How to deal with control-flow information in parallel real-time applications?

How to deal with control-flow information in
parallel real-time applications?
Jos´e Carlos Fonseca, Vincent Nelis, Gurulingesh Raravi and Lu´ıs Miguel Pinho
CISTER/INESC-TEC, ISEP, Polytechnic Institute of Porto, Portugal
Email: {jcnfo,nelis,guhri,lmp}
Traditional sequential programming models struggle to harness the immense processing capabilities offered by the new
massively parallel architectures. It is also widely recognized that coarse-grained thread-based parallel programming models scale
poorly due to load balancing difficulties. As a result, a shift in software development towards fine-grained task-based parallel
programming paradigms is currently under way. For the real-time scheduling community, this paradigm shift entails the adoption
of new application models to represent precedence constraints and synchronization points among all the computing units (referred
to as sub-tasks hereafter).
Current models typically represent a parallel application as a single graph. Each node of the graph models a sequential
sub-task and the edges that connect the nodes model all kinds of functional and/or non-functional dependencies between these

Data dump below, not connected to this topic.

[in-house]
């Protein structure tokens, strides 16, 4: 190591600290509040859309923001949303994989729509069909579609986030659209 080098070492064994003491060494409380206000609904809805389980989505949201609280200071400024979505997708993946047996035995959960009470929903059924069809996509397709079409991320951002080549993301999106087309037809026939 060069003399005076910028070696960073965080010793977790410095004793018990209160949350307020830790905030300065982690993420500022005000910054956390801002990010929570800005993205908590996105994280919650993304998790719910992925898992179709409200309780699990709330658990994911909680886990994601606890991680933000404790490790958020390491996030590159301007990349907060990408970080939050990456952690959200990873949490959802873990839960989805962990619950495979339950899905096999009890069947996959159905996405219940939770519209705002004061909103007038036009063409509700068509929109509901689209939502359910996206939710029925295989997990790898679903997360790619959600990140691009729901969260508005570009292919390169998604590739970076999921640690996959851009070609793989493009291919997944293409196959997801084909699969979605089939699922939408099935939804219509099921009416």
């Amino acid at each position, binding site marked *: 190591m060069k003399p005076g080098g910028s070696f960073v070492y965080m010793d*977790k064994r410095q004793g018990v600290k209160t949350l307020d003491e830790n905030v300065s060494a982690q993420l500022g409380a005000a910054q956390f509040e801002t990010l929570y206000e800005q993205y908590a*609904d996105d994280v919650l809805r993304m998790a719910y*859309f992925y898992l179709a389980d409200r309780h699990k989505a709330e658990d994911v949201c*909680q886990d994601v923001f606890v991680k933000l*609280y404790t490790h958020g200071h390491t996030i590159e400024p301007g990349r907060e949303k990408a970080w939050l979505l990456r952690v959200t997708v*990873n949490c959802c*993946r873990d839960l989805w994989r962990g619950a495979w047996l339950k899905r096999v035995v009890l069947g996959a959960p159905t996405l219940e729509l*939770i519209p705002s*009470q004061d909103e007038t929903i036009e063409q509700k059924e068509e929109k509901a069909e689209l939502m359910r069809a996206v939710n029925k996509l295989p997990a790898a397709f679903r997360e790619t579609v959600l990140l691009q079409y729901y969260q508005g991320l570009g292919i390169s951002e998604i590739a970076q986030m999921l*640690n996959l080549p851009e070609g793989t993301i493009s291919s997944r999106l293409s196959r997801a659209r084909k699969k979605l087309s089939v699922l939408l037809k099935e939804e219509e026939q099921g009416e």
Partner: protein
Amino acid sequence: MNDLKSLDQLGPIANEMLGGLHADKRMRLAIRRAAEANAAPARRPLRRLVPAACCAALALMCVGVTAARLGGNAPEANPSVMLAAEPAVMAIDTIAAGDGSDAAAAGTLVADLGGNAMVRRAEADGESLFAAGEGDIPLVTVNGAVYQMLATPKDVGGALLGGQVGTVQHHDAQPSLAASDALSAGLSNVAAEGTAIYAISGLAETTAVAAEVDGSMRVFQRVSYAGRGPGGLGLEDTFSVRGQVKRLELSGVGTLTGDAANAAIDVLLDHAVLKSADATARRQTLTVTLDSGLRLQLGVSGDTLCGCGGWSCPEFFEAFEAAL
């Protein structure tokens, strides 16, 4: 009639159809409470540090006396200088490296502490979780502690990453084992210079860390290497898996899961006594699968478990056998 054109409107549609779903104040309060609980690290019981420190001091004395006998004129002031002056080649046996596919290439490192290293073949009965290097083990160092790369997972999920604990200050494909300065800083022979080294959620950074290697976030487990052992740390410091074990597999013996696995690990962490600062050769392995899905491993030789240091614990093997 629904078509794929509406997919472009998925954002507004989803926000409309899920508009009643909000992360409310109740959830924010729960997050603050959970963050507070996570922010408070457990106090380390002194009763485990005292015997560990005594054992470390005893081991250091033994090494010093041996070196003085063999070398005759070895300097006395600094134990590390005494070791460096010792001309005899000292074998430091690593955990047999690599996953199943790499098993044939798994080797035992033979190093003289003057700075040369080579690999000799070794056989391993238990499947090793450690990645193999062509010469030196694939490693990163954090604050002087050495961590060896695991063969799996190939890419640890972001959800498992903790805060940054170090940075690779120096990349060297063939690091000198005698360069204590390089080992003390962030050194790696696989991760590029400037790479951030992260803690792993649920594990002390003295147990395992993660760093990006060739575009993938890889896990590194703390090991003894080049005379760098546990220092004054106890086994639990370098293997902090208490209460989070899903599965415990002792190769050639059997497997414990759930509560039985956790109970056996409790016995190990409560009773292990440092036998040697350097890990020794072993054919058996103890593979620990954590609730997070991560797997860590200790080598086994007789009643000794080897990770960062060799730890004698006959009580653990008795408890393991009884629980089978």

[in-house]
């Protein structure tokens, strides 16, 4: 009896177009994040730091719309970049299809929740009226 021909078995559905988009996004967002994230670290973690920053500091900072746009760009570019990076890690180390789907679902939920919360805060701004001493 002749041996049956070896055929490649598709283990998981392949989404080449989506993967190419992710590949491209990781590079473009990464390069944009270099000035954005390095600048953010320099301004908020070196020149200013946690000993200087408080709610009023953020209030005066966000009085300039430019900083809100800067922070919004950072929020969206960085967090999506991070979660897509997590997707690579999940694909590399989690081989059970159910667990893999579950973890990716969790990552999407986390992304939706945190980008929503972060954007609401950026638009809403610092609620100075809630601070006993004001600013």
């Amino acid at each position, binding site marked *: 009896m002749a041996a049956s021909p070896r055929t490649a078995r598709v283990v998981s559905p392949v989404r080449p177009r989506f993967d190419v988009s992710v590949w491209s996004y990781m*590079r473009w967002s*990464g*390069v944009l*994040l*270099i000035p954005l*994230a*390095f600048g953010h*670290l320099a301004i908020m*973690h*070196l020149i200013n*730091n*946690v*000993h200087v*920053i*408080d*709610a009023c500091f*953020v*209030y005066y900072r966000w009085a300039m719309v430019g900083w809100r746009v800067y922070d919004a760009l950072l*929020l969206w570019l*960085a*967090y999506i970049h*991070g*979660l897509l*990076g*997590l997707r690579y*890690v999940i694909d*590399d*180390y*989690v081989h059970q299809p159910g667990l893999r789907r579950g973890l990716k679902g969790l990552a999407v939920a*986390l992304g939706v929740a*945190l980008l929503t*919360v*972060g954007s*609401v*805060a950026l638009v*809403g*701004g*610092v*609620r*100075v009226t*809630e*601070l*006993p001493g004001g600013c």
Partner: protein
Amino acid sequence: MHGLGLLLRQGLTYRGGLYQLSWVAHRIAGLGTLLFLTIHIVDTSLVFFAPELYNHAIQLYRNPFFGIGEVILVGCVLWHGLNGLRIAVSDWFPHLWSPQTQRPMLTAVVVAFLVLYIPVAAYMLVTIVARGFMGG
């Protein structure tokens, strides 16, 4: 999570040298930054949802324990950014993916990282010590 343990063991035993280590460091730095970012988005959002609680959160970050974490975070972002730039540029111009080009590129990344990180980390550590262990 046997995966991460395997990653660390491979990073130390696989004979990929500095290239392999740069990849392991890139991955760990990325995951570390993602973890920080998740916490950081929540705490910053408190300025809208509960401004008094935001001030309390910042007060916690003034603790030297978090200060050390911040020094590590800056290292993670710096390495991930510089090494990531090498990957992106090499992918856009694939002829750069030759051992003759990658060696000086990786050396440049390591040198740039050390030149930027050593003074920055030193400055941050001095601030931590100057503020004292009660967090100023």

sub-tasks. Every sub-task (node) is typically characterized by (at least) a WCET estimation and by some additional parameters
such as a best-case/average-case execution time estimation, a memory footprint, and an input and output list of parameters.
The edges may represent functional or non-functional precedence constraints, as in the fork/join task model [1], or explicit data
dependencies as in the synchronous parallel task model [2] and the parallel DAG model [3]. In addition, every edge may also
be annotated with additional information/constraints on the dependency between the two nodes that it connects. However, none
of these models can capture the control-flow information (such as conditional execution of code) of the applications that they
model. Consequently, in such models, all the nodes in the graph must execute each time the application is run. As a result, a
simple application (see Fig. 1a) that executes in parallel either (as a result of an if-statement) four instances of a function B
or two instances of a function C, cannot be properly modelled by using any of the parallel application models proposed so far
in the real-time literature. All the existing models are limited by their implicit assumption that all the nodes must execute each
time the application is run. Due to this limitation, these models:
Case 1: model function A as a node connected to four nodes B and two nodes C, which are in turn connected to node D
(see Fig. 1b). The resulting graph is then composed of 8 nodes that are all assumed to be executed each time the application is